A: This just means that your application is still being reviewed. Some applicants move to the “Under Review” category immediately after submitting an application and they can stay there for weeks, while others move right through the process. You can get “stuck” in “Under Review” at any point in the application process, and while it is frustrating to not have the answer you’re looking for it’s important to not give up. Unless you receive a “No Longer in Consideration” notification, you’re still in the running!

Q: How much does the program cost?
A: There are a series of fees that must be paid while accepting an offer to complete the program that range from about $415-435 for the Walt Disney World program. These fees cover the cost of housing events and rent payments for the first couple of weeks of the program.

Disney College Program casting

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Q: How much does rent cost and how do you pay rent?
A: Rent is paid weekly and costs anywhere from about $175-235 per person depending on the number of bedrooms and bathrooms, apartment complex, and number of roommates. Rent is deducted automatically from each paycheck, except for the first two weeks or so when rent is covered by the program fees.

Q: Can time-off requests be accommodated?
A: CPs may put in requests for time off from work, however requests are not guaranteed to be approved, and they depend on the availability of other cast members and business needs during the selected days. CPs may swap shifts to change their days off if they only need to switch one or two days in a week. You’ll be able to better understand how time-off requests work when you start working and can speak to your leaders at your work location and access Disney’s cast member websites to put in requests, but in short, yes, time-off requests can technically be accommodated but the process may vary by your location.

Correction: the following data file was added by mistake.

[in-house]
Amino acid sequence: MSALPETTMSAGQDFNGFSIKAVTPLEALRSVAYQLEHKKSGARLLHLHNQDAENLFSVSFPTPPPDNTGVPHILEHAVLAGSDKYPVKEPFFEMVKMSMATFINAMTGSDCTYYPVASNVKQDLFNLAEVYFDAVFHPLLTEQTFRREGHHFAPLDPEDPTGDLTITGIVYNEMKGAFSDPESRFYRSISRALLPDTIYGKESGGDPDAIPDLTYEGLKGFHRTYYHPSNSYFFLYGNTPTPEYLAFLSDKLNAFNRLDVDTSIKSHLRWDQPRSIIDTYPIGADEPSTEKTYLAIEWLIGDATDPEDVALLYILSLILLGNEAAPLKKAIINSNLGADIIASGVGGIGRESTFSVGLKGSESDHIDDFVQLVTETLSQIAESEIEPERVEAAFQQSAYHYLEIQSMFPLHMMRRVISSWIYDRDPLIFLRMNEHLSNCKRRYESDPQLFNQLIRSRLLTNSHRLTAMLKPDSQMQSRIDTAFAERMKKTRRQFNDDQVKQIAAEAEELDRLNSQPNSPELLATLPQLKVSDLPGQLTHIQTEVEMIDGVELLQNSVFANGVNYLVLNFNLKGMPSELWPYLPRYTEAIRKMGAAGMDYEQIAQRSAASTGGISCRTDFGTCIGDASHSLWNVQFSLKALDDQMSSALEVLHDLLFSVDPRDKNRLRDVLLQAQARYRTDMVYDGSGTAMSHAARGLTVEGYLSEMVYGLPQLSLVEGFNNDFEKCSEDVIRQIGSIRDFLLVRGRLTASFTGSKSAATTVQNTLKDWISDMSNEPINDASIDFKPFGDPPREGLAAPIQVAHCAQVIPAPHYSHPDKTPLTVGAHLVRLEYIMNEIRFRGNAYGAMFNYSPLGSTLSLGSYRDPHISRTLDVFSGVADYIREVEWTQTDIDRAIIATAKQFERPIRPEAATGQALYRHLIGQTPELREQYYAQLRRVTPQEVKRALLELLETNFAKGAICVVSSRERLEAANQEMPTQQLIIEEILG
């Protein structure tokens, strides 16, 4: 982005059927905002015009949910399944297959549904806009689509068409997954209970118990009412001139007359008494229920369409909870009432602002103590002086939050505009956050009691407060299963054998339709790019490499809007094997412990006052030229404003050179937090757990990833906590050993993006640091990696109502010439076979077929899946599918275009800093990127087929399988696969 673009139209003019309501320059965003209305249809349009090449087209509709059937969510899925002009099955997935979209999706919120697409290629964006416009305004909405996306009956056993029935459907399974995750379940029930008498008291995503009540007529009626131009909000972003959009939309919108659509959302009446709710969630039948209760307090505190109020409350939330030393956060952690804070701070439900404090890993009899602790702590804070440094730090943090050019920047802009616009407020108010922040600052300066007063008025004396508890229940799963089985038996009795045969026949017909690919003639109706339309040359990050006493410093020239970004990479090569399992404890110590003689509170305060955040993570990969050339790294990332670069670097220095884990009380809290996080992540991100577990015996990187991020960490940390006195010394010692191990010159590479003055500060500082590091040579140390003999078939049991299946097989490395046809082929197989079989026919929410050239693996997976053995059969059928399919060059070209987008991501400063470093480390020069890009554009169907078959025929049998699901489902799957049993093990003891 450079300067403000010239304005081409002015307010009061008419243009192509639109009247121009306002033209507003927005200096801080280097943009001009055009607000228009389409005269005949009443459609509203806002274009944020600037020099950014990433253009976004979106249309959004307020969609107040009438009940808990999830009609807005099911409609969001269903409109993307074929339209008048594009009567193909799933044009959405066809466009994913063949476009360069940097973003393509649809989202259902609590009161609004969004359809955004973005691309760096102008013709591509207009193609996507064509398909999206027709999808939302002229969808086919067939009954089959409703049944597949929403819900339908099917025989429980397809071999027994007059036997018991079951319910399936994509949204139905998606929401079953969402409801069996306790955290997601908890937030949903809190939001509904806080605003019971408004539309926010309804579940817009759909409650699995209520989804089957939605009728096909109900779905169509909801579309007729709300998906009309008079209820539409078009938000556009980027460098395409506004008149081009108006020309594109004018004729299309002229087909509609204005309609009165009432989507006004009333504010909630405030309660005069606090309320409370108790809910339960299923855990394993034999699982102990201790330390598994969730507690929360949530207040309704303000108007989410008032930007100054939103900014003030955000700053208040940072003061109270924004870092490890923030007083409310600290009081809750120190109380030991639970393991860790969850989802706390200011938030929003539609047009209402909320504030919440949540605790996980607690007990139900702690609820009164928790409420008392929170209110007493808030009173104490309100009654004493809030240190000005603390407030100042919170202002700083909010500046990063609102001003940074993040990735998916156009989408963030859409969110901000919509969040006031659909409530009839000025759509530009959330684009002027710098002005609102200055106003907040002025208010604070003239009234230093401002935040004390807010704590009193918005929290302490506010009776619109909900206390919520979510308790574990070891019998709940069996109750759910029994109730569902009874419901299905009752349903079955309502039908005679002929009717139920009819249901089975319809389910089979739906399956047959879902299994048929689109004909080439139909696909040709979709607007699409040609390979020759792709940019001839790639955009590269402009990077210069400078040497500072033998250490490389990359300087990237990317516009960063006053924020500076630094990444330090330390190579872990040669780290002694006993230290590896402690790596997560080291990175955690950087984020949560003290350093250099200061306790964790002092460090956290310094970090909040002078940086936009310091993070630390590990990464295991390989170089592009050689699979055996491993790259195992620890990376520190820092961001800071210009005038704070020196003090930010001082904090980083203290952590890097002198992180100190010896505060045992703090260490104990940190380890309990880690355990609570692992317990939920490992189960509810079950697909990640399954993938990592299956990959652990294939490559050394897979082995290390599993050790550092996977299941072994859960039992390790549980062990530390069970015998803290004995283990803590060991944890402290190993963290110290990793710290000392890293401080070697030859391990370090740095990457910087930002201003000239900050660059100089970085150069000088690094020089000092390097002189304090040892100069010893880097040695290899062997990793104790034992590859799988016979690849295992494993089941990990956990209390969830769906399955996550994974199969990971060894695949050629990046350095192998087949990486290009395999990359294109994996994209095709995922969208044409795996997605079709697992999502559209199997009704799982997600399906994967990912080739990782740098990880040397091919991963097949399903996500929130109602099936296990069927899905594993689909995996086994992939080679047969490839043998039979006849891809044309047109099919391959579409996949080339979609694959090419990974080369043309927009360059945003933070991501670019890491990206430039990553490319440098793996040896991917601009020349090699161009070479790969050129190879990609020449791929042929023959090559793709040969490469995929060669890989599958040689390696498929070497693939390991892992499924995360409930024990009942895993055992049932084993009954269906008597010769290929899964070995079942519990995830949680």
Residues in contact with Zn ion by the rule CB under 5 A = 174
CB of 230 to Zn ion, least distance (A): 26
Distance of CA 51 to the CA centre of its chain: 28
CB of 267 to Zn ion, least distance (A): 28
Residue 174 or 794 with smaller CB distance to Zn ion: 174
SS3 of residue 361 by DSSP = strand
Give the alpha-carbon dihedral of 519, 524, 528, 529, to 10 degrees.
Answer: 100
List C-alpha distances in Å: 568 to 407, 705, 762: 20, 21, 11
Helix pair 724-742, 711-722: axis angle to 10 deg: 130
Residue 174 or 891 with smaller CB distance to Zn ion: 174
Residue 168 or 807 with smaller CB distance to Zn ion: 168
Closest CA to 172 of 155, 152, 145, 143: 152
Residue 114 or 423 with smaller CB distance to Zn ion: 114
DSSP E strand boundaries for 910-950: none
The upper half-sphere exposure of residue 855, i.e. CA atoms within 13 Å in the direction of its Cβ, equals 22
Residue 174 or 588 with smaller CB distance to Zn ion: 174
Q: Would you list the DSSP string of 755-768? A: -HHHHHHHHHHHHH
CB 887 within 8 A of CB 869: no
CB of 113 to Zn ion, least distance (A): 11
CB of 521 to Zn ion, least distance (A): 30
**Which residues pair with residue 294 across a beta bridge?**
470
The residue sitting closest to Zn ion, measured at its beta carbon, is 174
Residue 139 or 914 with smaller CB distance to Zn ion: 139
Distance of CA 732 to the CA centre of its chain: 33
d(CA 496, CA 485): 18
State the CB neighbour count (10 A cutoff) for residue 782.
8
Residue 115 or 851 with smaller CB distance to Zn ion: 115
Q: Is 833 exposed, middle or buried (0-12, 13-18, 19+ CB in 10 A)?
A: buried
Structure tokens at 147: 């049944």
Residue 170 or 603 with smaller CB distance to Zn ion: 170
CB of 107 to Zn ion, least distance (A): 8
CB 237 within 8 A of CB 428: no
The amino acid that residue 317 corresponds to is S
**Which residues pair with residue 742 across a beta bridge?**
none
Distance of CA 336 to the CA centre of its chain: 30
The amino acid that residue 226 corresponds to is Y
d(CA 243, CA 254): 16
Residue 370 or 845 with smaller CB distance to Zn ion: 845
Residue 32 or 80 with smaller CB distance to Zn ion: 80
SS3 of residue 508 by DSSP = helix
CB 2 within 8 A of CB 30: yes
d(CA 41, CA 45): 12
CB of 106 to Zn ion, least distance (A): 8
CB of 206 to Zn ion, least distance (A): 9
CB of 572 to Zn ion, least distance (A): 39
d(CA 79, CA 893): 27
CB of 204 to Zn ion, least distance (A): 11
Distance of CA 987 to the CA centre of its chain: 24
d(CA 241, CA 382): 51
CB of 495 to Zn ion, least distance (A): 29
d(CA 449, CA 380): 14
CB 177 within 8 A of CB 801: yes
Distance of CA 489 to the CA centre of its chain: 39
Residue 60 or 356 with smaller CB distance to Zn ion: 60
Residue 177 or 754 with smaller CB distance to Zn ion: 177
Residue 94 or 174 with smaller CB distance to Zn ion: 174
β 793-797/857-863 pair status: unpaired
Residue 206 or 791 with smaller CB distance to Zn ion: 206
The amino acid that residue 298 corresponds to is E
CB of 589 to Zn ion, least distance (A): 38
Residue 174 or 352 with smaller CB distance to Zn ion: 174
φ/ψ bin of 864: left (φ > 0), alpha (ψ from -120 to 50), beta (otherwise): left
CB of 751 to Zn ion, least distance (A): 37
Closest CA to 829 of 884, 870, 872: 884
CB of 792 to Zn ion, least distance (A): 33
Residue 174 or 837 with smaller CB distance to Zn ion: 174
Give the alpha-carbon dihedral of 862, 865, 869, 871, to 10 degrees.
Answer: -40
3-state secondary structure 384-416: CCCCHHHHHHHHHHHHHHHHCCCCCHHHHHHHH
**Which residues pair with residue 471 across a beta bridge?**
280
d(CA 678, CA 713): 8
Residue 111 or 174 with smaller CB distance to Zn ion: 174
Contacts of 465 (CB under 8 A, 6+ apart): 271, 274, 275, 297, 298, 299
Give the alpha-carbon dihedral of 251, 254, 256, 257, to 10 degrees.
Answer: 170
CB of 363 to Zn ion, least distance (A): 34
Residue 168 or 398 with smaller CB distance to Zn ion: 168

Disney College Program

Q: When living in program housing, where does the included transportation go?
A: Housing includes bus service to every CP work location, including the theme parks, resorts, waterparks, and Disney Springs, as well as Publix, the Post Office, Wal-Mart, and the Florida Mall. Bus schedules vary, and CPs may view a printed schedule or download a real-time mobile app, however it is suggested that they leave for work early to ensure that they arrive on time given that the buses can fall behind schedule and they make multiple stops.

Related Post // What You Really Get Out of the Disney College Program

Q: I have questions that were not addressed here—where can I find more information?
A: For more information about the Disney College Program, visit the official Disney College Program website or the official Disney Internships and Programs Blog. Personal blogs, vlogs, and Facebook groups may be helpful for seeking insight from other current and former CPs, but remember that these are not official sources of information and should be taken with a grain of salt. Always look for sources that are direct from Disney for the most up-to-date information about the Disney College Program. If you have questions about my experiences with the program you are welcome to leave a comment here or reach out to us on Facebook!

If you have any other questions, feel free to leave a comment below!

Where to next?!

8 thoughts on “Disney College Program FAQ

    1. You can stay longer than a year, but not as an intern. If it works out you’d be able to transfer into a different role though depending on what’s available you may have some downtime between the two.

    1. You do! 🙂 All training is paid. You do make less the first week or so because your training schedule will probably be less hours than full time work would be, but your rent is also already paid for then so it kind of evens out.

    1. You do! I believe I received mine in the mail, but there should also be information on it on the Hub once you’re on the program.

    1. Possibly! It depends on a number of factors. You’d need to have a good record as a CP (not a lot of points, basically not calling in a bunch, no reprimands, etc…) and then it’s all based on where you apply and what availability is like. Lots of people do stay on after the CP though. I’d recommend trying to save as much extra money as you can before/during your program, because you may be hired but have a gap in work. Your CP could end and you’ll need to find your own housing and your new job could start, say, a month later. So having the ability to make that work will definitely help you if that happens!